UK dependency on US


In July 2014 the British American Security Information Council (BASIC), a Parliamentary cross-party group, issued this report. Members of the group included Sir Malcolm Rifkind MP, Lord Browne of Ladyton, Sir Menzies Campbell MP, Professor Alyson Bailes, Sir Jeremy Greenstock, Lord Guthrie of Craigiebank, Professor Lord Hennessy of Nympsfield and Lord Rees of Ludlow.

Click on image for full report in pdf format

One of its important conclusions reads

"If the United States were to withdraw their cooperation completely, the UK nuclear capability would probably have a life expectancy measured in months rather than years.....seems unlikely that the UK would contemplate or explicitly threaten their use in a crisis without the support of the United States. This opens up the question of what the purpose of an independent deterrent is. Professor Colin Gray stated in evidence to the Defence Committee in 2006: 'I am not the least troubled by the American connection, but for anyone who wishes to question the true independence* of the British nuclear deterrent I would concede that it is… a hostage to American goodwill… the dependency is critical and will continue.' We would tend to agree with this sentiment."

* In 1977 the 'Duff-Mason report'  to the then cabinet defined independence as 1 year i.e. sufficient time for a situation to develope and Government to respond without any other party being able to prevent it.

The Commission came to this conclusion in recognition of the fact that the UK is heavily dependent on the US for missile technical support  including maintenance and supply of missiles via a common pool located in the US and use of the Florida based missile test firing range. Whilst it would be difficult for the US to frustrate a UK submarine already deployed on patrol from firing, it could frustrate the UK's ability to use further missiles for subsequent patrols should it so wish for political reasons.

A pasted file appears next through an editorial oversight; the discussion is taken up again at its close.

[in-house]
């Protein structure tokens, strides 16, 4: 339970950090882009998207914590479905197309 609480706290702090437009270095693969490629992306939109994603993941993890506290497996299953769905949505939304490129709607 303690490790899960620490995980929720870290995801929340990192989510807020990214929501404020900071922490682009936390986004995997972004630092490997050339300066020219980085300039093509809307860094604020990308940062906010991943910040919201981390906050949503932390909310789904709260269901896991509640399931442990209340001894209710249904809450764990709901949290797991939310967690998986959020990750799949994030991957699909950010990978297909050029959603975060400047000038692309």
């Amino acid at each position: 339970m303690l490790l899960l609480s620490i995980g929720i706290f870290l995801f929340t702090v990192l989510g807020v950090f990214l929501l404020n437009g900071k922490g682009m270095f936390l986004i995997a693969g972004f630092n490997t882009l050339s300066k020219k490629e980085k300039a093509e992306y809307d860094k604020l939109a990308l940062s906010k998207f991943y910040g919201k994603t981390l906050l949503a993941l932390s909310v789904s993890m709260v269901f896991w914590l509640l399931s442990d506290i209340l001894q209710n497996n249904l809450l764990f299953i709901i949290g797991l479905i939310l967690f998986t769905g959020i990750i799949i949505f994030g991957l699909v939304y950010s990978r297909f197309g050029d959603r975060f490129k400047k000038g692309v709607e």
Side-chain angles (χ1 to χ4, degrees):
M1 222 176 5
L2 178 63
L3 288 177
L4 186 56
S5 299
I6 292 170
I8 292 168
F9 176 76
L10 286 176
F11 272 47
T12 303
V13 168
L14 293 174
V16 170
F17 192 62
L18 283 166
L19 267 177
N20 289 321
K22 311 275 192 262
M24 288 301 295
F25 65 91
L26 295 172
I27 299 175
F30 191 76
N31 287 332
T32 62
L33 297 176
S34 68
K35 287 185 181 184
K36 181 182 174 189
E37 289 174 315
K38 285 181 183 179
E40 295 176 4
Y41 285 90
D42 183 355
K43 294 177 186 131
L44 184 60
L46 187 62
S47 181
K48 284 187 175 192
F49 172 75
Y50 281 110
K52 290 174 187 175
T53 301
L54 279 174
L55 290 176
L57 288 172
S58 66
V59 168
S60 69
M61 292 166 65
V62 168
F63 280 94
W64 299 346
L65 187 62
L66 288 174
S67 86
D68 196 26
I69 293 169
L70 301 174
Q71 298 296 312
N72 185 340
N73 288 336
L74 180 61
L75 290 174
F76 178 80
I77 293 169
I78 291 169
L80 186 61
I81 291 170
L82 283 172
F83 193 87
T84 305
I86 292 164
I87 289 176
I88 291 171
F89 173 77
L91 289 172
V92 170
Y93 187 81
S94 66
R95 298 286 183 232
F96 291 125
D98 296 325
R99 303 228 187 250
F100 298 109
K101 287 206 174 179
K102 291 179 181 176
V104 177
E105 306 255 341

This inter-dependency is further re-inforced by the fact that the UK is designing for Trident successor submarines  a missile weapons module which will be common to  USN and RN submarines.

A table showing the UK's dependency on the US attached to a House of Commons Select Committee report (7 March 2006) indicates the very high level of dependency. In addition to which, since the report was written, UK missiloes are on loan from a joint pool in Kings Bay USA.

So...if we are dependent on the US both politically and technically, why don't we formalise our interdependence for protection against the remote likelihood of a nuclear threat to the UK? The US is a member of NATO and therefore legally committed to come to our aid if our national safety is threatened. The quid pro quo would be that we could divert the money currently budgetted to replace Trident to be used to rebuild our conventional forces to a level at which, once more, we provide a significant contribution to NATO's conventional forces in Europe. The BASIC report states " There is a growing frustration within the United States with its European allies and their shrinking military capacity to operate meaningfully alongside them.". Senior US Military Officer's concern over the UK's diminishing conventional forces have been widely promulgated in the media in the last 12 months.

Three authors of Letters to The Independent (26 January 2016) have expressed very similar views and concerns.

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